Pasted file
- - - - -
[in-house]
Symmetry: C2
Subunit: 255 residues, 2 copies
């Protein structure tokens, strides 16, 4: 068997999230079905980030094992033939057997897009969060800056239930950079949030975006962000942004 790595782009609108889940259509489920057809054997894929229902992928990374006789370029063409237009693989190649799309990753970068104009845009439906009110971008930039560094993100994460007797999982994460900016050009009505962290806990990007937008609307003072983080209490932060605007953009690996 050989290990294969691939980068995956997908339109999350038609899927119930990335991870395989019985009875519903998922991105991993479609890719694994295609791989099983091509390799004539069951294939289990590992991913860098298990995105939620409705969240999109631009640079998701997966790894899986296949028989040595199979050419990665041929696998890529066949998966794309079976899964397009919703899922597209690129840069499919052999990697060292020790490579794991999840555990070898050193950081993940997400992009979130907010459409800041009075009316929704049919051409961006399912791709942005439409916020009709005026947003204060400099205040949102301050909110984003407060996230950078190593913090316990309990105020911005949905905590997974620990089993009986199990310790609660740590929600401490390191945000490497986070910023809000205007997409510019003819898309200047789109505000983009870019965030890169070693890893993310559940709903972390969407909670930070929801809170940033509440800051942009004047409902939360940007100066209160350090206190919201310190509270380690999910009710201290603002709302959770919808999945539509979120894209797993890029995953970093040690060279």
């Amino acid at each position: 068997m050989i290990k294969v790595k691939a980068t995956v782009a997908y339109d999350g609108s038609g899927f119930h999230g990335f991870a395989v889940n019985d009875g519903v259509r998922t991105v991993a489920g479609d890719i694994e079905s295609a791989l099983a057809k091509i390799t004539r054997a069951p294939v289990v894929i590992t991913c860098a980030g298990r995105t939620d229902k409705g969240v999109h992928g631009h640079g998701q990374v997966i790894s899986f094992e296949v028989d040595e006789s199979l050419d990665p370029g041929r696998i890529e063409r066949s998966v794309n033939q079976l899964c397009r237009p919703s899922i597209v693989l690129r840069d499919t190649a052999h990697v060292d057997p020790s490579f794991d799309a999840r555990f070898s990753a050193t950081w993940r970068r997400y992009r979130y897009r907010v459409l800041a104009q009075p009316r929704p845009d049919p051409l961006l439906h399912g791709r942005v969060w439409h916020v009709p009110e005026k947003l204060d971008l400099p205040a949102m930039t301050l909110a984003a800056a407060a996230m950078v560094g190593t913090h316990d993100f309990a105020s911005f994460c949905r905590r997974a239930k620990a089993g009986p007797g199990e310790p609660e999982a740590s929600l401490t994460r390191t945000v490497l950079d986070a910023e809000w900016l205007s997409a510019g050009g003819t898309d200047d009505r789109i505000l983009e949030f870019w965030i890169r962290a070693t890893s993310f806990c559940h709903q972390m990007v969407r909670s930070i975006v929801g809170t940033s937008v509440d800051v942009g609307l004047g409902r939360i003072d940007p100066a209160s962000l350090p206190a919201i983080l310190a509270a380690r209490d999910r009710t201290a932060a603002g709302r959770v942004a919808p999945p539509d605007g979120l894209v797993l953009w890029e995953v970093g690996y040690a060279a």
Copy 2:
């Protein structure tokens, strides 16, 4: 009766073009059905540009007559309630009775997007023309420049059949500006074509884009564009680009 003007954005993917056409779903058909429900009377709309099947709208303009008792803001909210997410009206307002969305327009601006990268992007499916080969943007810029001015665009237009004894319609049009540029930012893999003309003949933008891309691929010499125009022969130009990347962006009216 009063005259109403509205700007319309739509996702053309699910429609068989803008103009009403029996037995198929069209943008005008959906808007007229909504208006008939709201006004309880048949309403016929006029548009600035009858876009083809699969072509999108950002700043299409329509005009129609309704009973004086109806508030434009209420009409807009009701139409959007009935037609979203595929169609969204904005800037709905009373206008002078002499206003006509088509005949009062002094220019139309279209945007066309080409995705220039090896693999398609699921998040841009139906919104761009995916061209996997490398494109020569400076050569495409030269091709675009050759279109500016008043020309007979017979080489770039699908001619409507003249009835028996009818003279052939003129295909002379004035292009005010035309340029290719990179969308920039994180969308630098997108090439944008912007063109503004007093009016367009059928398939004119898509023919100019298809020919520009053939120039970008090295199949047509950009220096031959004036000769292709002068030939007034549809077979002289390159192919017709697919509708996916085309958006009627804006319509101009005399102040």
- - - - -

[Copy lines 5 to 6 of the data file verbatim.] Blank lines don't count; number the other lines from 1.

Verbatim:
């Amino acid at each position: 068997m050989i290990k294969v790595k691939a980068t995956v782009a997908y339109d999350g609108s038609g899927f119930h999230g990335f991870a395989v889940n019985d009875g519903v259509r998922t991105v991993a489920g479609d890719i694994e079905s295609a791989l099983a057809k091509i390799t004539r054997a069951p294939v289990v894929i590992t991913c860098a980030g298990r995105t939620d229902k409705g969240v999109h992928g631009h640079g998701q990374v997966i790894s899986f094992e296949v028989d040595e006789s199979l050419d990665p370029g041929r696998i890529e063409r066949s998966v794309n033939q079976l899964c397009r237009p919703s899922i597209v693989l690129r840069d499919t190649a052999h990697v060292d057997p020790s490579f794991d799309a999840r555990f070898s990753a050193t950081w993940r970068r997400y992009r979130y897009r907010v459409l800041a104009q009075p009316r929704p845009d049919p051409l961006l439906h399912g791709r942005v969060w439409h916020v009709p009110e005026k947003l204060d971008l400099p205040a949102m930039t301050l909110a984003a800056a407060a996230m950078v560094g190593t913090h316990d993100f309990a105020s911005f994460c949905r905590r997974a239930k620990a089993g009986p007797g199990e310790p609660e999982a740590s929600l401490t994460r390191t945000v490497l950079d986070a910023e809000w900016l205007s997409a510019g050009g003819t898309d200047d009505r789109i505000l983009e949030f870019w965030i890169r962290a070693t890893s993310f806990c559940h709903q972390m990007v969407r909670s930070i975006v929801g809170t940033s937008v509440d800051v942009g609307l004047g409902r939360i003072d940007p100066a209160s962000l350090p206190a919201i983080l310190a509270a380690r209490d999910r009710t201290a932060a603002g709302r959770v942004a919808p999945p539509d605007g979120l894209v797993l953009w890029e995953v970093g690996y040690a060279a």
Copy 2: